The Terrapins looked lifeless for the first 25 minutes, falling into a 46-31 deficit after Turgeon received a technical foul. If the move was a ploy from Turgeon, it worked. The young Terps, seeded sixth in the tournament, found a spark behind a switch to a zone defense.

“While he was still arguing with the refs and meeting with the other coaches, the leaders, me and Andrew [Terrell], kind of got the guys together and said, ‘We’ve got to fight. It’s win or go home,’” Morsell said. “I told them: ‘Coach Turgeon is fighting for us. We’ve got to fight for him.’”

Maryland (23-11) took its first lead, 57-55, with 5:52 left in the game on a pair of free throws from Jalen Smith. From there, the teams exchanged big shots right down to the final buzzer.

While the sting of the game-winner will linger for Smith, plenty of other moments will flash through the players’ minds. Some shots rolled in and then out. Maryland missed seven of its 23 free throws and suffered through an abysmal shooting performance in the first half, shooting just 28.6 percent from the field.

“Pretty sure everybody is feeling they could have done something better to help us out,” freshman guard Eric Ayala said.

Against a formidable LSU frontcourt, Fernando grabbed 15 rebounds, and Smith, who has struggled at times this year, won his share of matchups inside, too. Fernando scored 10 points, and Smith scored 15 to follow his huge showing against Belmont in the first round. Smith added a season-high five blocks to a stat line he probably won’t want to remember thanks to how the game ended.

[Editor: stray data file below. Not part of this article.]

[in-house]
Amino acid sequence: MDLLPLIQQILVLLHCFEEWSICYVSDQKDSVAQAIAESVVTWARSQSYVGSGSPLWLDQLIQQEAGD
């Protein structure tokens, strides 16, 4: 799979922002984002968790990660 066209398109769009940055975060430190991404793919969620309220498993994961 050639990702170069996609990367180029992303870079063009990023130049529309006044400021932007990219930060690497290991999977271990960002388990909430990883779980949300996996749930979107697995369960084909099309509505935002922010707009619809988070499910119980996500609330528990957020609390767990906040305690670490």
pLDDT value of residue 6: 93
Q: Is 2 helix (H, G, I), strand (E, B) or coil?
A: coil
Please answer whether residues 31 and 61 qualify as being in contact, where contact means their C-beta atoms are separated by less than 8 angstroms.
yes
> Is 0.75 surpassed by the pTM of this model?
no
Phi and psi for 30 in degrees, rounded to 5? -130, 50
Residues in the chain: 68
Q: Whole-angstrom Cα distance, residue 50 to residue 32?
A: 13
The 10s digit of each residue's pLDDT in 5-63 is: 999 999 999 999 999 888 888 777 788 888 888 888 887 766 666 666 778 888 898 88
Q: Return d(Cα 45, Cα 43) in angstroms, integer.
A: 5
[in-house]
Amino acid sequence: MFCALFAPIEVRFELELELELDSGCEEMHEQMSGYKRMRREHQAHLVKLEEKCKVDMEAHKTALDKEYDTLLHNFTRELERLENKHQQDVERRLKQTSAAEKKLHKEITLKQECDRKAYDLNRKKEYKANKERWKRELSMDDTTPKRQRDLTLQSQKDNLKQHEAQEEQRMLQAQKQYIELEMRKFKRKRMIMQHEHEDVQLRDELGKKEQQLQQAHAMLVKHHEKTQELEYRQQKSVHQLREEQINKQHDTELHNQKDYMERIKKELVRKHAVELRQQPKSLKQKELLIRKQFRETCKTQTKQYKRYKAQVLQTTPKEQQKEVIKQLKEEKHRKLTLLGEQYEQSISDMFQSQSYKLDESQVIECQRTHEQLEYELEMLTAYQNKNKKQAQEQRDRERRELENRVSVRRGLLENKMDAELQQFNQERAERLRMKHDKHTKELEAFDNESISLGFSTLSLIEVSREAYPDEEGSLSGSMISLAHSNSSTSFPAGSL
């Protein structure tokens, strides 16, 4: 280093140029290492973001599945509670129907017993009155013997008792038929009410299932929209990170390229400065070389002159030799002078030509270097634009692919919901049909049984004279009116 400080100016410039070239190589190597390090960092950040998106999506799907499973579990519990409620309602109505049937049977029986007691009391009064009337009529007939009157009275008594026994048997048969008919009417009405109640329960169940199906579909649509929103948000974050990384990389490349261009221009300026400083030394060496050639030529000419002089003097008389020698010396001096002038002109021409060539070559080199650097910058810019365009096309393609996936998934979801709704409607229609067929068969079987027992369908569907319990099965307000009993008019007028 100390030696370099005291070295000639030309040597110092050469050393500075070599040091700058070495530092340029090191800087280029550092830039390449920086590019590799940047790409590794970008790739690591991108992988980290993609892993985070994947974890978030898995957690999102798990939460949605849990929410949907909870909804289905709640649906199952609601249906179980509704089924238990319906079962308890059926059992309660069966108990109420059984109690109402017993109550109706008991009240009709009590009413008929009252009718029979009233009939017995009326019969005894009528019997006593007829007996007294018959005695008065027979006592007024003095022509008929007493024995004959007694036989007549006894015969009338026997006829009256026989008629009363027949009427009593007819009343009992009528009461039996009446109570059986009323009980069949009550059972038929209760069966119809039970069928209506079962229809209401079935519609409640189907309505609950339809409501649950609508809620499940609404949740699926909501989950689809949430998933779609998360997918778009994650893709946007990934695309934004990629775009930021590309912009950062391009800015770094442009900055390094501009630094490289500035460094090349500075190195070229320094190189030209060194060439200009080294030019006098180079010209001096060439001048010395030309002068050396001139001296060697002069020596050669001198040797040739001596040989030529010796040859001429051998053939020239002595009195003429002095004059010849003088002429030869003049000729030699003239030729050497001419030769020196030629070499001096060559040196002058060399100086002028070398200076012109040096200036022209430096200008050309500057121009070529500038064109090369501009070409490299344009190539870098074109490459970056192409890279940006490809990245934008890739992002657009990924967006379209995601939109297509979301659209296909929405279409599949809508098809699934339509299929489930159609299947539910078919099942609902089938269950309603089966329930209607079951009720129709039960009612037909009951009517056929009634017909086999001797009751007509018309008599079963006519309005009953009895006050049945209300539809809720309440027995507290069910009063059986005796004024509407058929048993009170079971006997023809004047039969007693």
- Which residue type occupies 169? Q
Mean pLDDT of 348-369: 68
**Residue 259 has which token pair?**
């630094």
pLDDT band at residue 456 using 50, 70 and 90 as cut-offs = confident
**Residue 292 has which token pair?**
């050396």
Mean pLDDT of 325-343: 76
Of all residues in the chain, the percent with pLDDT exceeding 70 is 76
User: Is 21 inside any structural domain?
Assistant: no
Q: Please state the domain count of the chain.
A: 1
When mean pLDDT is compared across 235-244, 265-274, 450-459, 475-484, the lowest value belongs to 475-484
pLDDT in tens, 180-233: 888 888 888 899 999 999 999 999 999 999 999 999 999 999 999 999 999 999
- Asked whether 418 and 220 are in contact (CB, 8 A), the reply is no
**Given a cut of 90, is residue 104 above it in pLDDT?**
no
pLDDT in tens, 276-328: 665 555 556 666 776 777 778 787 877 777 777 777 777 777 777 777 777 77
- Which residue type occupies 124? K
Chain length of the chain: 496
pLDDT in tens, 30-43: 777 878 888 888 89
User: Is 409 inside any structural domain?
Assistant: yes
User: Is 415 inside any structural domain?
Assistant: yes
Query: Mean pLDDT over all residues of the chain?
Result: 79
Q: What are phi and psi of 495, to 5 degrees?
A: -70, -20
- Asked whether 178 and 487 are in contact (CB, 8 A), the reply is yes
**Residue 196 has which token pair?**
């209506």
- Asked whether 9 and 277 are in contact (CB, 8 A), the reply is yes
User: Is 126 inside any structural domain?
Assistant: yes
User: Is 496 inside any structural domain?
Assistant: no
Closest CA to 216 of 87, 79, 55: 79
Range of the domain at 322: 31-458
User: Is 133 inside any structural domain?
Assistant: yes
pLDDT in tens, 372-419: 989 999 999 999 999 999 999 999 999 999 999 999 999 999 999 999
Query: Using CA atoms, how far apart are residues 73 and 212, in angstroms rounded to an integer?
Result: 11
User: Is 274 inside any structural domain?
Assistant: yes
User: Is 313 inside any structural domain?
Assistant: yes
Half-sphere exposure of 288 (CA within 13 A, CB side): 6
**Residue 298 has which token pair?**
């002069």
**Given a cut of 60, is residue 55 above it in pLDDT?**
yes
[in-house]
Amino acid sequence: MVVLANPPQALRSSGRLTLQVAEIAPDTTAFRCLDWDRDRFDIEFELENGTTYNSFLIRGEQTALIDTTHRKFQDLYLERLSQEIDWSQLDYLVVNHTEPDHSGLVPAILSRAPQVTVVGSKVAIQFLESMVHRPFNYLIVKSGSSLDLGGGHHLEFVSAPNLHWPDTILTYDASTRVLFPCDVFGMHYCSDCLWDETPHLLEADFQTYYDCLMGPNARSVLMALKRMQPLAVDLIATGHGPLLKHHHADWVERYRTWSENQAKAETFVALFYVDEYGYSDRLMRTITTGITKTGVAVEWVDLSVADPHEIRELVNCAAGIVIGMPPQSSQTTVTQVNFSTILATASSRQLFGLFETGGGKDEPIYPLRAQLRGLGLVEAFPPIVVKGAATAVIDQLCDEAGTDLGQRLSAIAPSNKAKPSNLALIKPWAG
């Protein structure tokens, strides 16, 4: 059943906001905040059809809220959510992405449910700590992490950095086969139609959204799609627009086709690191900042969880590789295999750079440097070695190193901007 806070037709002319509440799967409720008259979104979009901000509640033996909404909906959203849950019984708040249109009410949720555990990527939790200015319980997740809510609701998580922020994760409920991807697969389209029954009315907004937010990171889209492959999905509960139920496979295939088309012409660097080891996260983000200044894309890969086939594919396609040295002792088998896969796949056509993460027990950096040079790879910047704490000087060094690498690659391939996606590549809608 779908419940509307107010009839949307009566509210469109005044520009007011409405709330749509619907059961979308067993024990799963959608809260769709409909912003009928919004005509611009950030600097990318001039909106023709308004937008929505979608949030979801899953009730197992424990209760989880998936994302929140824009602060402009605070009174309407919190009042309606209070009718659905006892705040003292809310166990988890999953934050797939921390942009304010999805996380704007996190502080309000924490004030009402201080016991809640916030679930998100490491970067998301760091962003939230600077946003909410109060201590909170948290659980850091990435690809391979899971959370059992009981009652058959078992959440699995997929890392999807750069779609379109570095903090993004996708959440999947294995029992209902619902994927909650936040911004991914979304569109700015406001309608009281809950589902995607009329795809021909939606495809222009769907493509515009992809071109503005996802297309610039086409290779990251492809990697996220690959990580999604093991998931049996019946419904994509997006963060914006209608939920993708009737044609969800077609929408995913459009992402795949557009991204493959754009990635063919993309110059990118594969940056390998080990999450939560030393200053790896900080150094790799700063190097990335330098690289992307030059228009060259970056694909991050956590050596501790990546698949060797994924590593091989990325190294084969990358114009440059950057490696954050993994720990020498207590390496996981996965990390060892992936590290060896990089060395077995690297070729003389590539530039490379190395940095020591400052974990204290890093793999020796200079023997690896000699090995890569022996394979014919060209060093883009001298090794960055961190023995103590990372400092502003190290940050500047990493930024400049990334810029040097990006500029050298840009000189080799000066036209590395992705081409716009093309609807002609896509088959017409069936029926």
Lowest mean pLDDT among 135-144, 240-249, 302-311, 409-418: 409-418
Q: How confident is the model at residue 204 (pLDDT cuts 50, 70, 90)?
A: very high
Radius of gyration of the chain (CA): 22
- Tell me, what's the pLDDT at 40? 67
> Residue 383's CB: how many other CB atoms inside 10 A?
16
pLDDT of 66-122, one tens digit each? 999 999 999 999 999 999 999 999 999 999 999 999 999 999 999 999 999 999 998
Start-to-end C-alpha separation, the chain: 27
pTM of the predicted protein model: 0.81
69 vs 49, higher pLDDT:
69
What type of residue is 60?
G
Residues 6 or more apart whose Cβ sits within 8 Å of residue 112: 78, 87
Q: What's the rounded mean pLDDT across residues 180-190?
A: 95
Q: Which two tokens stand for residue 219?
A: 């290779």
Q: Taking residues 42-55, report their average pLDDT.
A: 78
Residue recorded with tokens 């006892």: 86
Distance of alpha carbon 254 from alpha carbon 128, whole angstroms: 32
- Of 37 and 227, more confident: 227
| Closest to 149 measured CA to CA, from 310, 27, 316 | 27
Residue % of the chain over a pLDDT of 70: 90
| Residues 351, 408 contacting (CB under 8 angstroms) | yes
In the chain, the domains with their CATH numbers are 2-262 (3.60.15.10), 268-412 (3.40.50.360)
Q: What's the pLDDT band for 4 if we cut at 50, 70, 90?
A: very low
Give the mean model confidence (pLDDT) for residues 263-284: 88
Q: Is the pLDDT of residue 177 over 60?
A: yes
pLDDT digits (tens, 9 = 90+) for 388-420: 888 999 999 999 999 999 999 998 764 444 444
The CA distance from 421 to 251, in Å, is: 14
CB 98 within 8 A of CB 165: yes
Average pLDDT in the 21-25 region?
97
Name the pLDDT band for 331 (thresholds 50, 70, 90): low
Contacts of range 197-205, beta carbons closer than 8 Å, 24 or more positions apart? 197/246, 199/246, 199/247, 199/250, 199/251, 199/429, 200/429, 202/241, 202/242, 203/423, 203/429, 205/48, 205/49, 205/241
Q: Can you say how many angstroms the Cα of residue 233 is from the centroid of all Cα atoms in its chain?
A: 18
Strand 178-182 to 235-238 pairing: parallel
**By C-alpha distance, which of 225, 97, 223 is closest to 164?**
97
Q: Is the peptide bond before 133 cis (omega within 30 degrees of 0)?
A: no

LSU has navigated this tournament without Coach Will Wade, who was suspended after reports by Yahoo and ESPN described a federal wiretap of Wade discussing an offer to a player and his family. But despite the late surge from the Terps, interim coach Tony Benford led this LSU team to the Sweet 16.

Maryland trailed by 15 twice in the first half, including when just 1:01 remained. But then freshman Aaron Wiggins, who scored 11 points Saturday, hit back-to-back three-pointers with a Maryland defensive stop sandwiched between to cut the Tigers’ lead to nine at intermission.

But then came the climb back and finally a lead. LSU’s late answer, however, left the Terps in shock. Fernando sat with a towel over his head in the locker room. He and the others searched for words, pausing between thoughts, sometimes with a sigh.

“Guys gave everything they had,” Turgeon said. “I just feel bad for my team because people are so critical of me and my team, and we’re the fourth-youngest team in the country and we battled. We gave it everything we had. They deserve better. They deserved better today.”

Read more:

Maryland women’s basketball beats Radford in smooth start to NCAA tournament

Tom Izzo yelling at Michigan State players: Both an old story and a worthwhile new debate

John Feinstein: Rick Barnes says he’d rather be the underdog, and he still coaches like one at Tennessee

Jerry Brewer: Before Virginia could advance past Gardner-Webb, it had to survive itself